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Let's build a DQN: neural network architectures
1 Nov 2018 · 418 words

After building the basic DQN, I started trying some different neural network architectures. I found vastly different results between them.

Spoiler: more complex doesn’t equal better. Almost the opposite.

Here are some results for the rewards obtained in each episode. I trained these models on cartpole-v1. Each was trained for 1000 episodes.

Disclaimer: I did only one run with each architectures. I kept other hyperparameters the same as the previous post, but there are likely some interaction effects unaccounted for.

All code is in Python using the keras library.

Trial 1

A somewhat basic network. Contains one hidden layer of medium size.

model = Sequential()
model.add(Dense(64, input_dim = input_dim , activation = 'relu'))
model.add(Dense(32, activation = 'relu'))
model.add(Dense(n_actions, activation = 'linear'))

Results were okay, reasonable. Not amazing. The agent hits max performance, but there is a lot of variance in the results.

Trial 2

A complex network. Two hidden layers. Each layer has 128 neurons.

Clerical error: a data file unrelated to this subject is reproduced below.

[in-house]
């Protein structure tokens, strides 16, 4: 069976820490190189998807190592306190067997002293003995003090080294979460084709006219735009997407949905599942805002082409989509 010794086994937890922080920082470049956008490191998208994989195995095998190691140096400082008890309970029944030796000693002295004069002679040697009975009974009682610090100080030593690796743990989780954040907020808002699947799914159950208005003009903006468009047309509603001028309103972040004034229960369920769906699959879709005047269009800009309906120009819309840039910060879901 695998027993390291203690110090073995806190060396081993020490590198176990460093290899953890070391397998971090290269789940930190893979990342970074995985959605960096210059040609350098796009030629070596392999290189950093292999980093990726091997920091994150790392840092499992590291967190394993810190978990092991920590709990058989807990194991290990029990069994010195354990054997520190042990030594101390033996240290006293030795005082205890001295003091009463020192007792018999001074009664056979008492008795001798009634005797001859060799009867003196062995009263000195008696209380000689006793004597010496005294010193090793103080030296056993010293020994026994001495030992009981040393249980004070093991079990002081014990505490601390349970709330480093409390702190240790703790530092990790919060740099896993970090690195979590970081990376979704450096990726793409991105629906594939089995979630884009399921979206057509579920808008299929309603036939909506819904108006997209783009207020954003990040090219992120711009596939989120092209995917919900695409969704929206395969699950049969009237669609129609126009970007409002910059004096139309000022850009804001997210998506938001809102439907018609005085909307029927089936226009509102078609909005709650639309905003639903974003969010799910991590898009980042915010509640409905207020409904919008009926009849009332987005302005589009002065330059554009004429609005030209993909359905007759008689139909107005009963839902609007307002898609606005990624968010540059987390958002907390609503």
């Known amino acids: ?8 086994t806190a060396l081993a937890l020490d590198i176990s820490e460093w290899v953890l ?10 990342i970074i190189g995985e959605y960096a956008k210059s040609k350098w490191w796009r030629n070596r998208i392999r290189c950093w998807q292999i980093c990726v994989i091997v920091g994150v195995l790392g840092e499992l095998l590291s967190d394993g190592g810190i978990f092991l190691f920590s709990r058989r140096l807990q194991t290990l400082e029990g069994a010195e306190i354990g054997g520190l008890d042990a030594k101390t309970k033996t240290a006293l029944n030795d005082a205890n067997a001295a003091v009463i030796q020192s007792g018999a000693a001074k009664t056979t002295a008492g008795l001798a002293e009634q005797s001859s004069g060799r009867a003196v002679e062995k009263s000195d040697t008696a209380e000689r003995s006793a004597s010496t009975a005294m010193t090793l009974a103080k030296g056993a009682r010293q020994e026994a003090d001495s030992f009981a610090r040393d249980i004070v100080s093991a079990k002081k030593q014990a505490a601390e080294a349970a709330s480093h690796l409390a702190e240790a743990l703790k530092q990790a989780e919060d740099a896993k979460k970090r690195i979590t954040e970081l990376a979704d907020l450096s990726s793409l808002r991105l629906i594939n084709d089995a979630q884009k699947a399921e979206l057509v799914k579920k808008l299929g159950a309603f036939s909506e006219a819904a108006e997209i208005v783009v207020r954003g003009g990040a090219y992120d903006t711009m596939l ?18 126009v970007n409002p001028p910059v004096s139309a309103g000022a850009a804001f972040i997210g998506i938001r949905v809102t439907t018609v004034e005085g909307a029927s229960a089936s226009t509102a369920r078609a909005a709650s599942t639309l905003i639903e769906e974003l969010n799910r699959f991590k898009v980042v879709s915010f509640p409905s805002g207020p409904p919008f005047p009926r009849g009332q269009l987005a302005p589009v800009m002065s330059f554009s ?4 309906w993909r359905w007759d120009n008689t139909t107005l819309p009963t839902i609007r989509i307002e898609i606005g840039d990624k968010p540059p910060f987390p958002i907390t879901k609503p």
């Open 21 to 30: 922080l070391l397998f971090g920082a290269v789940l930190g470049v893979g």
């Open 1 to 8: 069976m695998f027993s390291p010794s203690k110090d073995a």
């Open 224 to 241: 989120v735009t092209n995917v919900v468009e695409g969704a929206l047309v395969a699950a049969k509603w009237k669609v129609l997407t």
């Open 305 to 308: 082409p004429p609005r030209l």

model = Sequential()
model.add(Dense(128, input_dim = input_dim , activation = 'relu'))
model.add(Dense(128, activation = 'relu'))
model.add(Dense(128, activation = 'relu'))
model.add(Dense(n_actions, activation = 'linear'))

Results: not good. Agent shows no sign of learning after 1000 episodes. It probably would have learned something given more time.

Trial 3

A network like that in Trial 2, but with one hidden layer instead of two.  Each layer still had quite a lot of neurons.

model = Sequential()
model.add(Dense(128, input_dim = input_dim , activation = 'relu'))
model.add(Dense(128, activation = 'relu'))
model.add(Dense(n_actions, activation = 'linear'))

Results: promising. A lot less variance than in Trial 1. Better performance than Trial 2. Takes a lot longer to get anywhere, but has less variance.

Trial 4

A much smaller neural network. One hidden layer. Each layer has 16 neurons.

model = Sequential()
model.add(Dense(16, input_dim = input_dim , activation = 'relu'))
model.add(Dense(16, activation = 'relu'))
model.add(Dense(n_actions, activation = 'linear'))

Results: The best of the lot. The only network that could stay at the max reward for an extended period of time. Still showed signs of catastrophic forgetting.

Trial 5

A really small neural network. Only four neurons in the first two layers.

model = Sequential()
model.add(Dense(4, input_dim = input_dim , activation = 'relu'))
model.add(Dense(4, activation = 'relu'))
model.add(Dense(n_actions, activation = 'linear'[)!]

Results: bad. Evidently the model is not complex enough to capture the environment subtleties.

Turns out complex != better

Be careful of making your networks too complicated.

Think about the problem you are solving. Is the more complex network necessary? Selecting the wrong neural network architecture will torpedo your reinforcement learning agent.


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